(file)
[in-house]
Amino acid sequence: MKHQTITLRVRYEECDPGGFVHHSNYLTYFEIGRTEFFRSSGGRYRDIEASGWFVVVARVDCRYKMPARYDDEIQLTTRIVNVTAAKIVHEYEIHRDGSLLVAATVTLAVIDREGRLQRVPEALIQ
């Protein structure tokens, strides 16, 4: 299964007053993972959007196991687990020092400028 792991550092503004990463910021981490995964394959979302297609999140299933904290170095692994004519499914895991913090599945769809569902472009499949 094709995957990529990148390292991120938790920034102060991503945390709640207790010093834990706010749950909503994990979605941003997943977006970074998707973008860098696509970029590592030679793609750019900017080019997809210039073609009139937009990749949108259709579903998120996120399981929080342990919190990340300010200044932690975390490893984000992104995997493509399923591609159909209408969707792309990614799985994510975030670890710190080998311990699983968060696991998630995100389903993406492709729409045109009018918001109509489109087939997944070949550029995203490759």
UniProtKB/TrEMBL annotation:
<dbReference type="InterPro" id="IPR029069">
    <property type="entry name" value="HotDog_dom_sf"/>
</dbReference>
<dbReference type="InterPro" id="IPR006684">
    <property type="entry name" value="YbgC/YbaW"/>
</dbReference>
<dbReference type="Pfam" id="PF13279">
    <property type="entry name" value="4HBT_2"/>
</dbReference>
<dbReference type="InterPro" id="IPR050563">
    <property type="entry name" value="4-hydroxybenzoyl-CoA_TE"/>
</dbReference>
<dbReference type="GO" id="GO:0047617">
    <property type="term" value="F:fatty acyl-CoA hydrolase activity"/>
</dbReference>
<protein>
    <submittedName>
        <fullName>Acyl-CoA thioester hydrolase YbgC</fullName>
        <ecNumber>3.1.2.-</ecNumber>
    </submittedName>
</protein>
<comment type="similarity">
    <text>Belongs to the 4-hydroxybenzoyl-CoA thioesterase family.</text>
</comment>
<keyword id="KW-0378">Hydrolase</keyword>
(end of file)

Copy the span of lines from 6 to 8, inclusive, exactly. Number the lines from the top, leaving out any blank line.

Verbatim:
    <property type="entry name" value="HotDog_dom_sf"/>
</dbReference>
<dbReference type="InterPro" id="IPR006684">